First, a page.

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No. 1159:
Nevil Shute's Ordeal

Today, Nevil Shute predicts the chilling anonymity of war. The University of Houston's College of Engineering presents this series about the machines that make our civilization run, and the people whose ingenuity created them.

In 1938, the English engineer Nevil Norway was eased out of the company he'd formed, Airspeed Ltd.. In his autobiography of that part of his life, Norway says it was probably time to move on. Two kinds of people shape companies, he says: Starters and Runners. He'd done a fine creative job starting the company, but he wasn't suited to running it day by day.

So Norway quit making planes for Douglas, Fokker and others. As war threatened, he turned to what'd been his hobby since 1928. He'd been writing books and stories. One story had even been made into a movie. He hadn't wanted the engineers he worked with to think he was frivolous, so he'd written under his Christian names, Nevil Shute. Today we know Nevil Shute for many books and several movies made from them: On the Beach, A Town Called Alice, The Pied Piper.

His second movie contract came in just as he quit making airplanes, so he was able to go to eastern France, near the Swiss Alps, to write Ordeal, a book as prophetic as On the Beach would later be. Ordeal is about a family in Southampton, England. One night a large, sudden air raid drives them to cover. Shute was predicting how WW-II would begin. He didn't say who the enemy was, since Chamberlain had just signed a nonaggression pact with Hitler. Still, Shute left little doubt as to who was bombing England.

His attacking airplanes avoid defensive fire by dropping into cloud cover as they near a city. Hidden by clouds, unseen and unseeing, they randomly drop bombs on homes and industry, destroying morale and infrastructure. Civilians flee as electricity, food, and water supply systems break down, and as cholera runs rampant.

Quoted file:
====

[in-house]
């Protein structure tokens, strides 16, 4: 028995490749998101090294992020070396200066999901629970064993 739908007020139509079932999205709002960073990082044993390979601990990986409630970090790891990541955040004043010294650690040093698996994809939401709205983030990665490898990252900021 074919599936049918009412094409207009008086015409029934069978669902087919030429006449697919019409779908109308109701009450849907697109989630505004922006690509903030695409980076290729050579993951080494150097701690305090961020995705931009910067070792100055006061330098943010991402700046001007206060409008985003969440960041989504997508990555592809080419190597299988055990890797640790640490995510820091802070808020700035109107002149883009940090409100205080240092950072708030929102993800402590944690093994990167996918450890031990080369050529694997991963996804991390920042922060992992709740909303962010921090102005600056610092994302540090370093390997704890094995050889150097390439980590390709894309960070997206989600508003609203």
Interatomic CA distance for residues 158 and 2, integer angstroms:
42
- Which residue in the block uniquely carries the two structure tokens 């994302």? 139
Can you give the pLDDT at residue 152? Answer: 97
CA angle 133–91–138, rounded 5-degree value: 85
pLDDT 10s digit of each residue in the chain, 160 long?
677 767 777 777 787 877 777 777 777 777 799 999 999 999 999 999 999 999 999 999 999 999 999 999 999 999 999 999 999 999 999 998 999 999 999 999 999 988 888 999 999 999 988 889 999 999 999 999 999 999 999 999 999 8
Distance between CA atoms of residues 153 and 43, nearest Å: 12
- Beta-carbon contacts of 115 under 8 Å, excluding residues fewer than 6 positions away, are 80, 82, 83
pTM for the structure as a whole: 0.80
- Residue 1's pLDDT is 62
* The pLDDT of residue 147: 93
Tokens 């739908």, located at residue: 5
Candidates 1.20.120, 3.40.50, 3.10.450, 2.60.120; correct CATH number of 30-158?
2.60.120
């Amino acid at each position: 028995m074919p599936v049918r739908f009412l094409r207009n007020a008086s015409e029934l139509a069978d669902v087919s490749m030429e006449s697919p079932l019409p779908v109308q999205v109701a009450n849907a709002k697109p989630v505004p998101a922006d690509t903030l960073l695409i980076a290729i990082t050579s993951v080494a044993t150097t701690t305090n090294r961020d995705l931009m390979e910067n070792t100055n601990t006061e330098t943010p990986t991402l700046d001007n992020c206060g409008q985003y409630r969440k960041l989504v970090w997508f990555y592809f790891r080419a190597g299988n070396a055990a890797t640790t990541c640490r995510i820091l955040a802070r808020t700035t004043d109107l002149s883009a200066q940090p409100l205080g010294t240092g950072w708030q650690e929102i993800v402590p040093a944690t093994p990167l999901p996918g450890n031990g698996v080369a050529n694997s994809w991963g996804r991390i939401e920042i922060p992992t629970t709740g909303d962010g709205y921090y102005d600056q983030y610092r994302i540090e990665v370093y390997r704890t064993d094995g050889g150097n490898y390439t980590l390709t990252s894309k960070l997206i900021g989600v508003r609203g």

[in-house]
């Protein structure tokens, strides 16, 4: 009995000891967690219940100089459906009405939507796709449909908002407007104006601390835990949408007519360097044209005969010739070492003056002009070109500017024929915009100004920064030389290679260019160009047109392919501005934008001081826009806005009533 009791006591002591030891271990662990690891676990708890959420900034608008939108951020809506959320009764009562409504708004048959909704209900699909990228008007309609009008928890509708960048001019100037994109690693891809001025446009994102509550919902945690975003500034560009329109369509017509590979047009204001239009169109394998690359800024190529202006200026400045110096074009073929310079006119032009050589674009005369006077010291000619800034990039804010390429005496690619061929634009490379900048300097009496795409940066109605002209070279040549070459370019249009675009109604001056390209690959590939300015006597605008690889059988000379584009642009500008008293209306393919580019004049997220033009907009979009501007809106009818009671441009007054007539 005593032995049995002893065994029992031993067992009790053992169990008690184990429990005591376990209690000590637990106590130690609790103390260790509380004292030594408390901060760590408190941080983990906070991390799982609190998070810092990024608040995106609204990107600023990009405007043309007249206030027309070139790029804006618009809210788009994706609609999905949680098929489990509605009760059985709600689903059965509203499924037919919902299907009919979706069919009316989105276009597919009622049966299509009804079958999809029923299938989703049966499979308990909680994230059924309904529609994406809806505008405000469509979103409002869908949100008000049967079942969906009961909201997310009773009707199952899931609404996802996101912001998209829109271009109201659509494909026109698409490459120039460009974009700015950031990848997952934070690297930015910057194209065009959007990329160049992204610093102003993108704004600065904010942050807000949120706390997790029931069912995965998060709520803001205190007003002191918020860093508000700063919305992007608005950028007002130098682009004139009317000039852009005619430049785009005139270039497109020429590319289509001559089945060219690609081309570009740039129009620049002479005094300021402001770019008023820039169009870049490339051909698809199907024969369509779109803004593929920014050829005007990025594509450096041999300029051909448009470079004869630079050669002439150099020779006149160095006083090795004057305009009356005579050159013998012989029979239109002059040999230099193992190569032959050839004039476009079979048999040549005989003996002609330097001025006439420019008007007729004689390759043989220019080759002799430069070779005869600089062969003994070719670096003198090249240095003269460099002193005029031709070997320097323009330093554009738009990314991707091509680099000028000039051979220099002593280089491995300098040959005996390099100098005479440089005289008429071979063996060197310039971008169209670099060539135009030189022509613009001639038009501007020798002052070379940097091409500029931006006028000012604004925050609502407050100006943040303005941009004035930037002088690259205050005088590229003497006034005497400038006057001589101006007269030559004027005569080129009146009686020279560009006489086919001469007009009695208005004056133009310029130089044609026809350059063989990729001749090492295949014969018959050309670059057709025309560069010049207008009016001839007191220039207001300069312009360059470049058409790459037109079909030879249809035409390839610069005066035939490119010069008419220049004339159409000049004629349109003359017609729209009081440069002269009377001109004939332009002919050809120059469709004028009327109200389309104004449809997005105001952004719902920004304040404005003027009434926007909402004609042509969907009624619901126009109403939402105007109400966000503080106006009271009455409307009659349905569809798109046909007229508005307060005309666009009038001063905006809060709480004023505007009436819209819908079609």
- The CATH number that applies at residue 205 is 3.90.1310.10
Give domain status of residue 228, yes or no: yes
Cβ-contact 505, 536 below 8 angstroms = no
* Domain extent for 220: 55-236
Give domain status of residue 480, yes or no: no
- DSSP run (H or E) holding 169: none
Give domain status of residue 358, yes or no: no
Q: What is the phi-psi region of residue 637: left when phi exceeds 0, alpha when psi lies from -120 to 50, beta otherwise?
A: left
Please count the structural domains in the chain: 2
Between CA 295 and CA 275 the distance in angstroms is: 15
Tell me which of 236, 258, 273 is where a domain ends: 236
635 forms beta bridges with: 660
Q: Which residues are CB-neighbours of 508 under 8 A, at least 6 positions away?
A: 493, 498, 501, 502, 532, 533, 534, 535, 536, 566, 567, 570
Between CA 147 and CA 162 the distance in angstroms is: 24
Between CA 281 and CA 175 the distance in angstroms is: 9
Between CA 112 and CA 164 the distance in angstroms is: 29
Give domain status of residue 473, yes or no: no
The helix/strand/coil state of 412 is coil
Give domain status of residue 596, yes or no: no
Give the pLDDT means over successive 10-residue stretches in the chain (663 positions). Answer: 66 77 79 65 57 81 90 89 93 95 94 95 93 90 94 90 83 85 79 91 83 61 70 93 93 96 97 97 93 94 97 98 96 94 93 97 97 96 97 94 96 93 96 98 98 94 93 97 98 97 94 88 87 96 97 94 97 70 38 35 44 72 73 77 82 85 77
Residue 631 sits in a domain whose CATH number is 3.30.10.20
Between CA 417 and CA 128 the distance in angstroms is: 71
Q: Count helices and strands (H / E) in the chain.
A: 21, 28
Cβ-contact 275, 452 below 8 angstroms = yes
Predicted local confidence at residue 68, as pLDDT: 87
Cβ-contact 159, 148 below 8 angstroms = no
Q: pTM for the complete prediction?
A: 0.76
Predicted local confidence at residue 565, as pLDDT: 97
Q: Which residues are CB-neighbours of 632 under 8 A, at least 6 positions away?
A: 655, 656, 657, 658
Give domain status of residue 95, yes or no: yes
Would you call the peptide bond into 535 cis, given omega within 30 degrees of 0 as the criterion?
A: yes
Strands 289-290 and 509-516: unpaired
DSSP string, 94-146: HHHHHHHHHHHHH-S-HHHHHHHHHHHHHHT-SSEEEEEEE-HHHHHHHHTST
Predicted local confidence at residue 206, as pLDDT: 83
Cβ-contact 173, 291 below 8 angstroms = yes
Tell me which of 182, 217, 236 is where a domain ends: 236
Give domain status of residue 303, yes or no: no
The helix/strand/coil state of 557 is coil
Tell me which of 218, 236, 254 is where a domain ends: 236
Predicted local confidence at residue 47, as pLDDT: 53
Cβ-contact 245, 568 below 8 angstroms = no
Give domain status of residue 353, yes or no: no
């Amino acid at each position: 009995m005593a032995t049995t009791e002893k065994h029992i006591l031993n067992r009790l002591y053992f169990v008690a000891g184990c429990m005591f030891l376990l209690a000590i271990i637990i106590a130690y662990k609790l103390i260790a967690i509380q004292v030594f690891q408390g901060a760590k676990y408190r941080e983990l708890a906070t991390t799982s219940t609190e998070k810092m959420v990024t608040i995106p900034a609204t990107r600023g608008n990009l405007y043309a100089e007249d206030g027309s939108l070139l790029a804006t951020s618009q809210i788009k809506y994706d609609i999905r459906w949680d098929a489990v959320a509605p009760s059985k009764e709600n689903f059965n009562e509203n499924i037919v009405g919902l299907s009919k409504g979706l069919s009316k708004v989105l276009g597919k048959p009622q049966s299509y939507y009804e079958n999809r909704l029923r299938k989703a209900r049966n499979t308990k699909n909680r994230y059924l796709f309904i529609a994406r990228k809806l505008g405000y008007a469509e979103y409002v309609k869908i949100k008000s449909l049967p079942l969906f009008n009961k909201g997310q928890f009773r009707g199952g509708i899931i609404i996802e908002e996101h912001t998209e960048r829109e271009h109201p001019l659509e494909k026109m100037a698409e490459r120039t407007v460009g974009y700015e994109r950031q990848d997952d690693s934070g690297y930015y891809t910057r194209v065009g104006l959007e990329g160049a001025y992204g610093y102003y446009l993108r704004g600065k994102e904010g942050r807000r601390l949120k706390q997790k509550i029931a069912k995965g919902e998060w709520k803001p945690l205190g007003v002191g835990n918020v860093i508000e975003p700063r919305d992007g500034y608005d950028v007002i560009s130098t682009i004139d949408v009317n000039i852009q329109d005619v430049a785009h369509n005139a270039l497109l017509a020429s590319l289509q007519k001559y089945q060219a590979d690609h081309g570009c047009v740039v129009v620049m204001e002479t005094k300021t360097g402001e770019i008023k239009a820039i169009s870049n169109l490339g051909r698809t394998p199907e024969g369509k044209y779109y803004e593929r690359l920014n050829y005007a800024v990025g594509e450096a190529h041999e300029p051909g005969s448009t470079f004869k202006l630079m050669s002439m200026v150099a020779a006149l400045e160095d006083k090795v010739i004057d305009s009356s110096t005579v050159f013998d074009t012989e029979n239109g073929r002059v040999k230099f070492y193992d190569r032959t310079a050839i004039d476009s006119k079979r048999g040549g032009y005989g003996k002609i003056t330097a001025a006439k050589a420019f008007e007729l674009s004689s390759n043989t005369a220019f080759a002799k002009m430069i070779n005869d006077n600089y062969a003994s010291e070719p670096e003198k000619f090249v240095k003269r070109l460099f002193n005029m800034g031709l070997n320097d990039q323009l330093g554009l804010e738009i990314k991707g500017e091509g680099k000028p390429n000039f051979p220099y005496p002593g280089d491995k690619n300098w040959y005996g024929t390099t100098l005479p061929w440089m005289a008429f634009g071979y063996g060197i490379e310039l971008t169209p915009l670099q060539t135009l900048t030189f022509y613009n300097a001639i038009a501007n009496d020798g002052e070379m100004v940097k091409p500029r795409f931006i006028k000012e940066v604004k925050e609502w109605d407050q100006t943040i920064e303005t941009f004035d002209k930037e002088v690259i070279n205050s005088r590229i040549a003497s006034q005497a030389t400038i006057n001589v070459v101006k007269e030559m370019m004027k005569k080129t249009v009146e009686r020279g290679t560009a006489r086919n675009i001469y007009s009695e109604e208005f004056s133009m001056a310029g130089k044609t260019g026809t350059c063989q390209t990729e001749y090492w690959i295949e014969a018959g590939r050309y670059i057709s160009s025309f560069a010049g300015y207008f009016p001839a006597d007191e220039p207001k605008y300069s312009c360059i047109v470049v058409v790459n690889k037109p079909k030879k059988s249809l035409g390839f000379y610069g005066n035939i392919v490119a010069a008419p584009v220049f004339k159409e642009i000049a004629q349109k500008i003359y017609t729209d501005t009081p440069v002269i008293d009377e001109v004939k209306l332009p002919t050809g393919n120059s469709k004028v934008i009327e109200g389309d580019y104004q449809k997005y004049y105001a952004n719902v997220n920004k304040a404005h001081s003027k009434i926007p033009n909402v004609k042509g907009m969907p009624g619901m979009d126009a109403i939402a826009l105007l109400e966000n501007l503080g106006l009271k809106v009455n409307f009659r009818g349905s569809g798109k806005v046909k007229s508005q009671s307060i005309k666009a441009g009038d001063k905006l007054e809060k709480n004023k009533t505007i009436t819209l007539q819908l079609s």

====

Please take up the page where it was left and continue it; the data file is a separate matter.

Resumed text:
The family flees to their small sailboat and runs for France where wife and kids will catch a ship to Canada and husband will turn back to join the Navy. Shute foresaw a long war of aerial assault and human misery coming. When the family meets naval officers along the way, they find the military as ignorant of conditions on shore as civilians are ignorant about the war itself.

The Battle of Britain, with its terrible bombings, began before the ink was dry on Shute's book. England proved better prepared to serve its civilian population than Shute had expected, and civilian morale was far stronger. But that may've been because of Shute's warning. Later we all cringed when we read On the Beach (or saw the movie). The nuclear war we feared hasn't yet come to pass, but that may also owe something to Shute.

Throughout all Shute's war books runs the anonymity of warring armies. They come and go but noncombatants are constant. Civilians are what war is really about. Shute didn't just predict aerial war against civilians. He also predicted the detachment we would need -- to wage such war.

I'm John Lienhard, at the University of Houston, where we're interested in the way inventive minds work.

(Theme music)

Shute, N., Ordeal. New York: William Morrow & Company, 1939.

Shute, N., Slide Rule: The Autobiography of an Engineer. New York: Ballantine Books, 1954.

For more information about Nevil Shute, see Episodes 110 and 112 and the following website: